Central to this decision was the Court’s consideration of the meaning of ‘building work’ in the context of the Statutory Duty. The Court concluded that:
- while there are two definitions of ‘building work’ found in the DBP Act, the definition of ‘building work’ in s 4 of the DBP Act is not applicable to the Statutory Duty. Notably, s 4 essentially restricts ‘building work’ to mean only work in the construction of Class 2 buildings; and
- the relevant definition of ‘building work’ for the purposes of the Statutory Duty is the much broader definition in s 36 of the DPB Act:
‘[B]uilding work includes residential building work within the meaning of the Home Building Act 1989 [(NSW)]’.
This is where the Court took a broad interpretation. The Court emphasised that s 36 of the DPB Act is an inclusive (not exclusive) definition which incorporates by reference, the definitions from several other pieces of legislation. In particular, this included in the same definition section, the following definition of ‘building’:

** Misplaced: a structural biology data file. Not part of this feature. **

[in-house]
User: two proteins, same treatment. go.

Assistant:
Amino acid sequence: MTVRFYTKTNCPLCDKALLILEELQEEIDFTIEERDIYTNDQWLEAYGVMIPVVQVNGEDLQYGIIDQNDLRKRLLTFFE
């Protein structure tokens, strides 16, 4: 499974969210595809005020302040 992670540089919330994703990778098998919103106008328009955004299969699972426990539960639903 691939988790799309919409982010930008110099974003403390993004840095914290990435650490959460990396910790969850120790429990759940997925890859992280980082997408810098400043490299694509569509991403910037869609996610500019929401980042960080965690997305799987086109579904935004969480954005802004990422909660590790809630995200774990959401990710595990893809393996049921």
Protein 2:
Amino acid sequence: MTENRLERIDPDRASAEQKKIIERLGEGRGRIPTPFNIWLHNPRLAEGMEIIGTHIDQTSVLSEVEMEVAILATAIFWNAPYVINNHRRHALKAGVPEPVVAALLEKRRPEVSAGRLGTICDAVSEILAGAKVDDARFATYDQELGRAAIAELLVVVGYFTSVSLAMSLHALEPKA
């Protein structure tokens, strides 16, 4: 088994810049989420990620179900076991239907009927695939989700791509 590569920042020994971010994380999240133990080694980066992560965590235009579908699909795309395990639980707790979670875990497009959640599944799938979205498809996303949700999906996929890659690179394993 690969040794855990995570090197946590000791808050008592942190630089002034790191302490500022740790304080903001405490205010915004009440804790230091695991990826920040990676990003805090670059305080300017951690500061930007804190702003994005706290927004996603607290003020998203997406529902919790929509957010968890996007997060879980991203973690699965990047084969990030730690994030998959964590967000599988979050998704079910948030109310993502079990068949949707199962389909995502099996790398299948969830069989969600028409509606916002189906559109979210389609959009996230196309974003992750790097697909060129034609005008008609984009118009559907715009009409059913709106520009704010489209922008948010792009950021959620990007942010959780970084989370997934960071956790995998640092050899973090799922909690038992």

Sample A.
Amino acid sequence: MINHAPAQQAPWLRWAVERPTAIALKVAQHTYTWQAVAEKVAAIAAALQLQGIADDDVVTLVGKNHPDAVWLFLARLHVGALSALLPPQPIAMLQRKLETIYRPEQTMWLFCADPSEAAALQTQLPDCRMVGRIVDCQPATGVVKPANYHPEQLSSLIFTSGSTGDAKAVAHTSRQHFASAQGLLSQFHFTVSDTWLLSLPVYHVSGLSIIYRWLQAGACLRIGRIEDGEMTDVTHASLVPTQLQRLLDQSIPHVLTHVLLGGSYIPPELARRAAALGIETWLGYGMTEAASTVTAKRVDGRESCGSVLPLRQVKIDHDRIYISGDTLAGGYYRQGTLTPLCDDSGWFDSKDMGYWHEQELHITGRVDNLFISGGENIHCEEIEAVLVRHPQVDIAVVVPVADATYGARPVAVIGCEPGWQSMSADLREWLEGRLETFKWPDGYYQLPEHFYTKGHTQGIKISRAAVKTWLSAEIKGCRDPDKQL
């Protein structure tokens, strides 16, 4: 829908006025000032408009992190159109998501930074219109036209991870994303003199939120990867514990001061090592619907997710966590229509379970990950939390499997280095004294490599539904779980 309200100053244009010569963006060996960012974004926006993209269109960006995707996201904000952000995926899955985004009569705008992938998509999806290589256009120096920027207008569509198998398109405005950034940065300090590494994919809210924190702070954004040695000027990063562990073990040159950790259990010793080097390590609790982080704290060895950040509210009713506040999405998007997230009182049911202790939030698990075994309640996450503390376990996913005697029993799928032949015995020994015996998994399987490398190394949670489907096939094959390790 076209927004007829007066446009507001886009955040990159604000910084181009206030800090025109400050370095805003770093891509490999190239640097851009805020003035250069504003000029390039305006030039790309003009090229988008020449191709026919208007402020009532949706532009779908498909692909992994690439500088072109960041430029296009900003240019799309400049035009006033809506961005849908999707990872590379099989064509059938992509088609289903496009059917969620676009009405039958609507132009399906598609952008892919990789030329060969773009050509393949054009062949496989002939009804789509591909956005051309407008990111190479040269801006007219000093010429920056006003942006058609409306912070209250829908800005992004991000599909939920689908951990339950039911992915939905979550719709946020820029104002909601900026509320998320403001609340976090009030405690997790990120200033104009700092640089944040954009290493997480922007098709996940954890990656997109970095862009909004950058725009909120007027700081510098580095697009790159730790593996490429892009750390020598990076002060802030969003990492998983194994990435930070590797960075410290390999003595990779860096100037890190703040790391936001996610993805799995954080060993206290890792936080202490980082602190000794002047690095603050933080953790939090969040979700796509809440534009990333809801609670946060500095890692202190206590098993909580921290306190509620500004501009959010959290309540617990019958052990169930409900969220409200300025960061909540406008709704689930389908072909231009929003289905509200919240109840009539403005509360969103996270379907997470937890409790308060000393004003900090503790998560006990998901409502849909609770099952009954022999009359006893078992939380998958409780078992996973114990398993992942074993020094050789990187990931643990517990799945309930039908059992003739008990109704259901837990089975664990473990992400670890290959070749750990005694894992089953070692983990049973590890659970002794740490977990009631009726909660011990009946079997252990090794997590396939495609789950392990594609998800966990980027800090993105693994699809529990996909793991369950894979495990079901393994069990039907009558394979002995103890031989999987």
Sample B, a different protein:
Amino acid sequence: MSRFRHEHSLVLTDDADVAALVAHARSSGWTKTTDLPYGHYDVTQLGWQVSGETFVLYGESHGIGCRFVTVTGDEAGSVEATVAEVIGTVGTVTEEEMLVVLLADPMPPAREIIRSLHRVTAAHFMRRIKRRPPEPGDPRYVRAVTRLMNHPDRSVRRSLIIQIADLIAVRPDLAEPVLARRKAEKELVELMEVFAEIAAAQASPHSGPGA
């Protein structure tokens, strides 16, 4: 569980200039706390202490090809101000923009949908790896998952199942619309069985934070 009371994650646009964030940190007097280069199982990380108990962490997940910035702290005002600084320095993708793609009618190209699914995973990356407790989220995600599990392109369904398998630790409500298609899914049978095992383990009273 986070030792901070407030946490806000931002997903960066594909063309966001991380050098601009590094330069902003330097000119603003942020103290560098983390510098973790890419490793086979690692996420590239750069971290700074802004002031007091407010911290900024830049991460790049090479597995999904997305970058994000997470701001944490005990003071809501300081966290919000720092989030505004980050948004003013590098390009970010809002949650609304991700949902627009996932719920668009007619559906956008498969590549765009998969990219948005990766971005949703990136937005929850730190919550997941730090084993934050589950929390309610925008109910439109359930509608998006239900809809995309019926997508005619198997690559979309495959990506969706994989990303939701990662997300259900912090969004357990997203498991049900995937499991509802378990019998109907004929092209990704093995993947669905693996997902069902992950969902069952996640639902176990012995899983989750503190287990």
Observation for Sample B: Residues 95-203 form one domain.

‘….‘building’ has the same meaning as it has in the Environmental Planning and Assessment Act 1979.’
The definition of a ‘building’ in the Environmental Planning and Assessment Act 1979 (NSW) (EPA Act) is as follows:
'… includes part of a building, and also includes any structure or part of a structure (including any temporary structure or part of a temporary structure), but does not include a manufactured home, moveable dwelling or associated structure within the meaning of the Local Government Act 1993.'
The Court’s conclusion in essence is that any building as defined in the EPA Act is captured under Part 4 of the DBP Act.